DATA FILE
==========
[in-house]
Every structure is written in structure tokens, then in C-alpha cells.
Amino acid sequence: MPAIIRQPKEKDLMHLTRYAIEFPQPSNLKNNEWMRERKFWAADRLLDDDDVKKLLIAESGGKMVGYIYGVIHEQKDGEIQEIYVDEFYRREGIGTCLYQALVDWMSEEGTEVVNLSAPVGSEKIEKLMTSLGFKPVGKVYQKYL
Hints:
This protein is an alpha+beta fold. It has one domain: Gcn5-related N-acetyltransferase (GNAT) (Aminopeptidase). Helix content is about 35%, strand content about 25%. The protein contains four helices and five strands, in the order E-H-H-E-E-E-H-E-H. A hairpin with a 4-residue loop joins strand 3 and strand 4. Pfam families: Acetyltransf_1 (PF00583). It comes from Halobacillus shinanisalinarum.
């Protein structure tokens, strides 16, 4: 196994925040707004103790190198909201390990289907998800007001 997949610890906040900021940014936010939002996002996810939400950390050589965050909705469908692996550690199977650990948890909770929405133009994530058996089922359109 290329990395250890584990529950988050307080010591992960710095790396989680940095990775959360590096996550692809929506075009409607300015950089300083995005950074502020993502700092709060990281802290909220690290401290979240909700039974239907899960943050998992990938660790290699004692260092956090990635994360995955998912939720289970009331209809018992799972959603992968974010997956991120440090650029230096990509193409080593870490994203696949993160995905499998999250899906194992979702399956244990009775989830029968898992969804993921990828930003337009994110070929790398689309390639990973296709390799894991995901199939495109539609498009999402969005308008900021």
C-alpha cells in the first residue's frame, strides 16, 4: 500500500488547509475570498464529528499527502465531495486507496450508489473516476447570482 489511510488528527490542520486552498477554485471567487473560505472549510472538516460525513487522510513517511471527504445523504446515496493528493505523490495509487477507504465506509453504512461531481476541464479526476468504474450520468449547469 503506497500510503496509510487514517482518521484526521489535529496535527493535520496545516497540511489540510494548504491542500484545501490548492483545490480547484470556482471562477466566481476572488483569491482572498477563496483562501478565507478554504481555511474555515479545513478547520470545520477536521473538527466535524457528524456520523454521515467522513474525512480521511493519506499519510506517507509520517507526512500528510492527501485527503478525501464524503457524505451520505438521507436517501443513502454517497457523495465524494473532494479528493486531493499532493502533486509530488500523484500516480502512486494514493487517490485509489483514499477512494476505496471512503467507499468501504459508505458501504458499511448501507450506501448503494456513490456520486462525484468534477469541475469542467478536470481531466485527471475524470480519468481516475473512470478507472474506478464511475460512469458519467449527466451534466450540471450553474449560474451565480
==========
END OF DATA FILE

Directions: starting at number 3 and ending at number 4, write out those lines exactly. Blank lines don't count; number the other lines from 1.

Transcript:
Amino acid sequence: MPAIIRQPKEKDLMHLTRYAIEFPQPSNLKNNEWMRERKFWAADRLLDDDDVKKLLIAESGGKMVGYIYGVIHEQKDGEIQEIYVDEFYRREGIGTCLYQALVDWMSEEGTEVVNLSAPVGSEKIEKLMTSLGFKPVGKVYQKYL
Hints: